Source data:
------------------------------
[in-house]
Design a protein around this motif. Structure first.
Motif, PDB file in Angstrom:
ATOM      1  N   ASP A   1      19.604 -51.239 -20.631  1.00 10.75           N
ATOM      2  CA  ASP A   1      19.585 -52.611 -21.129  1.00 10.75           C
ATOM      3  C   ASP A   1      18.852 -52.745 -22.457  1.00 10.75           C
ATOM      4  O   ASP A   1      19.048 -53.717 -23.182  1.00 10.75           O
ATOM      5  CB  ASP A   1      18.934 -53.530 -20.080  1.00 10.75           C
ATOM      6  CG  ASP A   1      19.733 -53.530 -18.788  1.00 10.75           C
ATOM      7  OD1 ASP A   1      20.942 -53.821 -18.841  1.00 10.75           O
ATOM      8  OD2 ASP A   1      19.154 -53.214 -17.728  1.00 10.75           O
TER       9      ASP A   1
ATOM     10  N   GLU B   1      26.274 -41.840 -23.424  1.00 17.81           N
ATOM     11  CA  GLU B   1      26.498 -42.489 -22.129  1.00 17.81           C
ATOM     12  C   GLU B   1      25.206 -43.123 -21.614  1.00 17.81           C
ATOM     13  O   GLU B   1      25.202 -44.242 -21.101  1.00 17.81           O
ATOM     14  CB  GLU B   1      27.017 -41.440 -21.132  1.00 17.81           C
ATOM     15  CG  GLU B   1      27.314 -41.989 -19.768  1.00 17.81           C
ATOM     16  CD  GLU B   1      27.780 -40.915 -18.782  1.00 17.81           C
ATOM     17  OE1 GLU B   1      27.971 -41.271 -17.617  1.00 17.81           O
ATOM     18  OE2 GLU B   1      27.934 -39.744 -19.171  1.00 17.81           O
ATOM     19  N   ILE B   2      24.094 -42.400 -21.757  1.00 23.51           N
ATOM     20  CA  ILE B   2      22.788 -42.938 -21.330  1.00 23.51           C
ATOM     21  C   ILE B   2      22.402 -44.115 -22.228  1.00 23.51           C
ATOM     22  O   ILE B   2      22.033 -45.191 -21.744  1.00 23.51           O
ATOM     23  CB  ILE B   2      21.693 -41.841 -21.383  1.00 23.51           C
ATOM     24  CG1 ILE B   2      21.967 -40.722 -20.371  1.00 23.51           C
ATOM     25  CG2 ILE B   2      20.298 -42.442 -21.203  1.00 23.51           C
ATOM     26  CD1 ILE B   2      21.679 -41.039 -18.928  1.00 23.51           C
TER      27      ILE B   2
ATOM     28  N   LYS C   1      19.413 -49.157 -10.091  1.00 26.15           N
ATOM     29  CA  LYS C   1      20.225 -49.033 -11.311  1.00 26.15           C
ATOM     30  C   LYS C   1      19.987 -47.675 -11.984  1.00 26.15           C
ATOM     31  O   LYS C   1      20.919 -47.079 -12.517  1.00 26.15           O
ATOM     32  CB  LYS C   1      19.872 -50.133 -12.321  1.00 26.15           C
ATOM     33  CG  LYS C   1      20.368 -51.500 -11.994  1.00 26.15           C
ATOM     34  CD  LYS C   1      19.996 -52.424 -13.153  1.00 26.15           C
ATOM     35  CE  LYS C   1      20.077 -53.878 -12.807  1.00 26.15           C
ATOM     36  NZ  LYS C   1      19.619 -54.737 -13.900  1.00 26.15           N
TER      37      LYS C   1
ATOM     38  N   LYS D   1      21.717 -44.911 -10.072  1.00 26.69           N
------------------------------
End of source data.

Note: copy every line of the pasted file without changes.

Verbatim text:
[in-house]
Design a protein around this motif. Structure first.
Motif, PDB file in Angstrom:
ATOM      1  N   ASP A   1      19.604 -51.239 -20.631  1.00 10.75           N
ATOM      2  CA  ASP A   1      19.585 -52.611 -21.129  1.00 10.75           C
ATOM      3  C   ASP A   1      18.852 -52.745 -22.457  1.00 10.75           C
ATOM      4  O   ASP A   1      19.048 -53.717 -23.182  1.00 10.75           O
ATOM      5  CB  ASP A   1      18.934 -53.530 -20.080  1.00 10.75           C
ATOM      6  CG  ASP A   1      19.733 -53.530 -18.788  1.00 10.75           C
ATOM      7  OD1 ASP A   1      20.942 -53.821 -18.841  1.00 10.75           O
ATOM      8  OD2 ASP A   1      19.154 -53.214 -17.728  1.00 10.75           O
TER       9      ASP A   1
ATOM     10  N   GLU B   1      26.274 -41.840 -23.424  1.00 17.81           N
ATOM     11  CA  GLU B   1      26.498 -42.489 -22.129  1.00 17.81           C
ATOM     12  C   GLU B   1      25.206 -43.123 -21.614  1.00 17.81           C
ATOM     13  O   GLU B   1      25.202 -44.242 -21.101  1.00 17.81           O
ATOM     14  CB  GLU B   1      27.017 -41.440 -21.132  1.00 17.81           C
ATOM     15  CG  GLU B   1      27.314 -41.989 -19.768  1.00 17.81           C
ATOM     16  CD  GLU B   1      27.780 -40.915 -18.782  1.00 17.81           C
ATOM     17  OE1 GLU B   1      27.971 -41.271 -17.617  1.00 17.81           O
ATOM     18  OE2 GLU B   1      27.934 -39.744 -19.171  1.00 17.81           O
ATOM     19  N   ILE B   2      24.094 -42.400 -21.757  1.00 23.51           N
ATOM     20  CA  ILE B   2      22.788 -42.938 -21.330  1.00 23.51           C
ATOM     21  C   ILE B   2      22.402 -44.115 -22.228  1.00 23.51           C
ATOM     22  O   ILE B   2      22.033 -45.191 -21.744  1.00 23.51           O
ATOM     23  CB  ILE B   2      21.693 -41.841 -21.383  1.00 23.51           C
ATOM     24  CG1 ILE B   2      21.967 -40.722 -20.371  1.00 23.51           C
ATOM     25  CG2 ILE B   2      20.298 -42.442 -21.203  1.00 23.51           C
ATOM     26  CD1 ILE B   2      21.679 -41.039 -18.928  1.00 23.51           C
TER      27      ILE B   2
ATOM     28  N   LYS C   1      19.413 -49.157 -10.091  1.00 26.15           N
ATOM     29  CA  LYS C   1      20.225 -49.033 -11.311  1.00 26.15           C
ATOM     30  C   LYS C   1      19.987 -47.675 -11.984  1.00 26.15           C
ATOM     31  O   LYS C   1      20.919 -47.079 -12.517  1.00 26.15           O
ATOM     32  CB  LYS C   1      19.872 -50.133 -12.321  1.00 26.15           C
ATOM     33  CG  LYS C   1      20.368 -51.500 -11.994  1.00 26.15           C
ATOM     34  CD  LYS C   1      19.996 -52.424 -13.153  1.00 26.15           C
ATOM     35  CE  LYS C   1      20.077 -53.878 -12.807  1.00 26.15           C
ATOM     36  NZ  LYS C   1      19.619 -54.737 -13.900  1.00 26.15           N
TER      37      LYS C   1
ATOM     38  N   LYS D   1      21.717 -44.911 -10.072  1.00 26.69           N